Rights body wants law on public order

By Vision Reporter

MEMBERS of Parliament have been urged to speed up the enactment of the public order management Bill that will give guidelines to those who wish to hold demonstrations.

By Prossy Nandudu

MEMBERS of Parliament have been urged to speed up the enactment of the public order management Bill that will give guidelines to those who wish to hold demonstrations.

The Bill that is being fronted by the Uganda Human Rights Commission, seeks to guarantee the right to peaceful assembly.

Addressing the press over the last weeks’ demonstrations, the chairperson of the Uganda Human Rights Commission, Meddy Kagwa, said the Bill stipulates that the Police be notified by anyone intending to hold a demonstration or political rally.

The Police, according to the Bill, will have to respond in writing within three days of receipt of the notice.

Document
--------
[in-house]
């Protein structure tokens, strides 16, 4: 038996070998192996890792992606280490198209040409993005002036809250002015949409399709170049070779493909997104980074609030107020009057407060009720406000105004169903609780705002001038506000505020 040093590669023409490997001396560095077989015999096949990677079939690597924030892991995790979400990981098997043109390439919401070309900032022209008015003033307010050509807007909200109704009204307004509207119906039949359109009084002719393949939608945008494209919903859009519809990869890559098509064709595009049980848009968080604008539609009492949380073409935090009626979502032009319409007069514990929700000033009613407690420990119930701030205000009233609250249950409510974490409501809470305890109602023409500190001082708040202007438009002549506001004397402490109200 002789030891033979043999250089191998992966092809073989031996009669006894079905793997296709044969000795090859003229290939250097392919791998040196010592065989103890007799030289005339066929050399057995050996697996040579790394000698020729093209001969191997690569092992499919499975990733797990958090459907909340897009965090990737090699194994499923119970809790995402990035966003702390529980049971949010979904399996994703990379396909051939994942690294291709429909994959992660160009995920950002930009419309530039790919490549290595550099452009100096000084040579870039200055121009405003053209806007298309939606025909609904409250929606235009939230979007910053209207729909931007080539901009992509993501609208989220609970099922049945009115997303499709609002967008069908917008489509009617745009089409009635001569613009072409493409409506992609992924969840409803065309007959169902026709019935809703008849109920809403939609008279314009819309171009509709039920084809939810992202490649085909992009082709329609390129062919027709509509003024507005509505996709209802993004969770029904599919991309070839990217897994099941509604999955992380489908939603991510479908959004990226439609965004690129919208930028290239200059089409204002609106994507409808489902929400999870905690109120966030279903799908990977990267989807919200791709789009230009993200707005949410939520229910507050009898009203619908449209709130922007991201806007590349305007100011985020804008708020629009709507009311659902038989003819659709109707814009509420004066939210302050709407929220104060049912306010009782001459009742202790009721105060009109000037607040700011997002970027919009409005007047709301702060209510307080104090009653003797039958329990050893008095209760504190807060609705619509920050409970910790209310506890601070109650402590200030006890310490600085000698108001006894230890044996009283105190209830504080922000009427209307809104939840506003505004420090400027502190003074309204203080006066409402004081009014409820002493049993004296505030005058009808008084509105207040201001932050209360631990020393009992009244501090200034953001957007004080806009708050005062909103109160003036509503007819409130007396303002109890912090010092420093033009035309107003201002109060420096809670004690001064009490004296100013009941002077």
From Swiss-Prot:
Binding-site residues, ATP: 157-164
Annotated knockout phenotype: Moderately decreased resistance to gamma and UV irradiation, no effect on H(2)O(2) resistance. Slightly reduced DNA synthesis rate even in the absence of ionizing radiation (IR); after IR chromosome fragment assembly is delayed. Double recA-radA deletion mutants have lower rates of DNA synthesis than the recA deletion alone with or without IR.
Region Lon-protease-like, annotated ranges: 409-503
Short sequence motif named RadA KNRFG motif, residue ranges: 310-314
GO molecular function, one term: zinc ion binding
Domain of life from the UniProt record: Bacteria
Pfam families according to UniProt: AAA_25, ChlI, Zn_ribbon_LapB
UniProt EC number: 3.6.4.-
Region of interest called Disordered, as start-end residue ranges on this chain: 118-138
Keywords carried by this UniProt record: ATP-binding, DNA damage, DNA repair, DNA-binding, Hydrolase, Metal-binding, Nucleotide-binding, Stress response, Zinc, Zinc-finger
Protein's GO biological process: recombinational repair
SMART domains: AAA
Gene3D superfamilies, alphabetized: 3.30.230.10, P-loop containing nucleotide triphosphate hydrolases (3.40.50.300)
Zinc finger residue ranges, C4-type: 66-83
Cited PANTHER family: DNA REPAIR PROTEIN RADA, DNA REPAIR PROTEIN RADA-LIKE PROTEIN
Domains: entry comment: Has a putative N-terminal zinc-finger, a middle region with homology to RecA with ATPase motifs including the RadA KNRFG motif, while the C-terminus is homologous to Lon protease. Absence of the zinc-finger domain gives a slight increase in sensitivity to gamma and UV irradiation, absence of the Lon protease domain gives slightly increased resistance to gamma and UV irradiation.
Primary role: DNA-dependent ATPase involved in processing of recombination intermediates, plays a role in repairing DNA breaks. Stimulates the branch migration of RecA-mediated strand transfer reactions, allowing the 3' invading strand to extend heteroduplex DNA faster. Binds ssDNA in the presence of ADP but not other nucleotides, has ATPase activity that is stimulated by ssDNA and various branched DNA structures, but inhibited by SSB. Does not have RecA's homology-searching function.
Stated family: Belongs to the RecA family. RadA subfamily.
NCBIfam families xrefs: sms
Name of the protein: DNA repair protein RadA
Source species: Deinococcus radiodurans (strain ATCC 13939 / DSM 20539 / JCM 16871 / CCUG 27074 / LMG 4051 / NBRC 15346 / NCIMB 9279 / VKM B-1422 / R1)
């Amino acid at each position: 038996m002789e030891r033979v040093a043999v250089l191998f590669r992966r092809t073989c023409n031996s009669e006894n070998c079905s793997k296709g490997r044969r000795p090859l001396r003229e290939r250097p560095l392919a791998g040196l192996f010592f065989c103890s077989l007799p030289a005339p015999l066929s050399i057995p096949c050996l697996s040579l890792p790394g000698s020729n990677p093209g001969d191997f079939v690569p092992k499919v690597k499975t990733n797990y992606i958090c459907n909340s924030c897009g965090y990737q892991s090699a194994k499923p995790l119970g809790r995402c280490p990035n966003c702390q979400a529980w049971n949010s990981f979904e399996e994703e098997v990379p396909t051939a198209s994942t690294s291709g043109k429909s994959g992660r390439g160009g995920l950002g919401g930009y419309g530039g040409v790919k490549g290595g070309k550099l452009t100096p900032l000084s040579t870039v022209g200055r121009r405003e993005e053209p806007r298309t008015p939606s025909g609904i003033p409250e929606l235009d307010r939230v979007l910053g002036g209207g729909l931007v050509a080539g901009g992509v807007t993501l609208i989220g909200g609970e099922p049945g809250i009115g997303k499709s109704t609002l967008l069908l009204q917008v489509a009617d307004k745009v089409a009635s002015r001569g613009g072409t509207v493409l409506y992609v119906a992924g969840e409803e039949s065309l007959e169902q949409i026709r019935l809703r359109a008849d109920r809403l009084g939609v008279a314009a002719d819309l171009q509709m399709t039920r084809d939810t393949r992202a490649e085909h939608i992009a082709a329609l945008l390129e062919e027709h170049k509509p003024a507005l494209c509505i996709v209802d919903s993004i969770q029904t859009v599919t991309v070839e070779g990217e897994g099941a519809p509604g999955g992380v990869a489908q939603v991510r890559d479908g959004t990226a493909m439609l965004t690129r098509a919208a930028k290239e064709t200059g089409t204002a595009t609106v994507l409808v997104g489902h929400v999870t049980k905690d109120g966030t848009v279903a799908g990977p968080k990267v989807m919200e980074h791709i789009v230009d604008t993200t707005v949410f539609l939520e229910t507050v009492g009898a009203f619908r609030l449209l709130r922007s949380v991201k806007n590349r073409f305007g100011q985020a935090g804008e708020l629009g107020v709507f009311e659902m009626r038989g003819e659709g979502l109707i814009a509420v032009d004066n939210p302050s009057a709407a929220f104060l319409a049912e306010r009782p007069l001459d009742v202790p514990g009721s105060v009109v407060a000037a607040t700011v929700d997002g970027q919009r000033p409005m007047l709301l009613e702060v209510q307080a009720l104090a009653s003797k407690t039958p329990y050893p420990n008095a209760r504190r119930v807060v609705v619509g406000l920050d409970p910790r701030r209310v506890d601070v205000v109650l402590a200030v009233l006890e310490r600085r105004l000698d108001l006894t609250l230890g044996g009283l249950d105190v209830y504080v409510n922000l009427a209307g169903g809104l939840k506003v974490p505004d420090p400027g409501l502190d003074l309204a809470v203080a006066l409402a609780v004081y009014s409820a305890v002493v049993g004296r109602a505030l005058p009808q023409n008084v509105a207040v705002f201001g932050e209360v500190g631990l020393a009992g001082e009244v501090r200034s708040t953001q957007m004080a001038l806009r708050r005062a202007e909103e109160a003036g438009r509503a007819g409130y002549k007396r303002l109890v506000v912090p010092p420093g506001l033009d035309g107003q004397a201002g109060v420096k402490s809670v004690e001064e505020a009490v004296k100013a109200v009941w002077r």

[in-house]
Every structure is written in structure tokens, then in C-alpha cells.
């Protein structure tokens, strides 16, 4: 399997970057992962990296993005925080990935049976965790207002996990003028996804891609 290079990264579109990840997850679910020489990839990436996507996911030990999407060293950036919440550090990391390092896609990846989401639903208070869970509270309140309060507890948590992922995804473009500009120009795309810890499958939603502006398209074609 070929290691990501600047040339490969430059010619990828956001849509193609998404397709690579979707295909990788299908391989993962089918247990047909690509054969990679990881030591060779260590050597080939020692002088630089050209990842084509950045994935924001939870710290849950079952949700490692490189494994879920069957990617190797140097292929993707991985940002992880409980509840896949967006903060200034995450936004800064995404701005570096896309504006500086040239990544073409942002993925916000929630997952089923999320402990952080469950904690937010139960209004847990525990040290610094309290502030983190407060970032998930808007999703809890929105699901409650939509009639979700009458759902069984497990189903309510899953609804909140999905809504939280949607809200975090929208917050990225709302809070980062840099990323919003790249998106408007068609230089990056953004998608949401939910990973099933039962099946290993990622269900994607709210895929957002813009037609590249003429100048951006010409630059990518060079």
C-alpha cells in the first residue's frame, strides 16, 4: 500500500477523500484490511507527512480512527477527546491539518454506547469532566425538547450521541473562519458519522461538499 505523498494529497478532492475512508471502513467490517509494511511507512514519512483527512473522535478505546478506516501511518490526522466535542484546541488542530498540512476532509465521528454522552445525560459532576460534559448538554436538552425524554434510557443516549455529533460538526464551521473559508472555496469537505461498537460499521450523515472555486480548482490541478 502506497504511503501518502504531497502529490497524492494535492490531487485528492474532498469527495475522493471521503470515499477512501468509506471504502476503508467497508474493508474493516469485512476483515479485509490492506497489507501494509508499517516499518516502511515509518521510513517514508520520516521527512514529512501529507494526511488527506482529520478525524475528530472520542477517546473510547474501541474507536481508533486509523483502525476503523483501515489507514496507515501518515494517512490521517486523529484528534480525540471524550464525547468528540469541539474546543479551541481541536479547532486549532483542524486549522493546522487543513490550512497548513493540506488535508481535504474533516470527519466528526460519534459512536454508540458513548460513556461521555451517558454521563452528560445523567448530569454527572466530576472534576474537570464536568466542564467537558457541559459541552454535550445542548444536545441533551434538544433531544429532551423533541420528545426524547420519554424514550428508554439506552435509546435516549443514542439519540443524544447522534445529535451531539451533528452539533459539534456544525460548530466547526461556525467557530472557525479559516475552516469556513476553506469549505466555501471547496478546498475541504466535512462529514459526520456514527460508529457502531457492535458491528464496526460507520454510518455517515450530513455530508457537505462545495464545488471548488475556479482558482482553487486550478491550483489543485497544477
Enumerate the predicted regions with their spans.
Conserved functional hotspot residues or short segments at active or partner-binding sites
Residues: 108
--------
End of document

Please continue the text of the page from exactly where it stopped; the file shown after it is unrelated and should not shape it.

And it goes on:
The Bill also proposes that organisers of demonstrations submit their plans to the Police, 10 days prior to the day of demonstration.

They are then required to work with the assigned Police officer to determine, among other guidelines, an appropriate traffic plan.

Kagwa’s comments come in the wake of the walk-to-work demonstrations organised by opposition politicians that have left many people dead, others injured and a lot of property destroyed.
Kaggwa also expressed concern over the manner in which the arrest of suspects was effected last week.

“Despite the training of security agencies on human rights, they still handle suspects in a dehumanising and degrading manner,” he said.

Kagwa condemned the deployment of non-uniformed and unidentified security personnel to quell riots.
“Officers operating out side their institutional guidelines during the process of keeping public order should be punished,” he said.

Kagwa also urged the political leaders, the media and public to desist from using provocative and inciting language.

Currently, there are no clear guidelines that define the role of organisers of public gatherings.

Rights body wants law on public order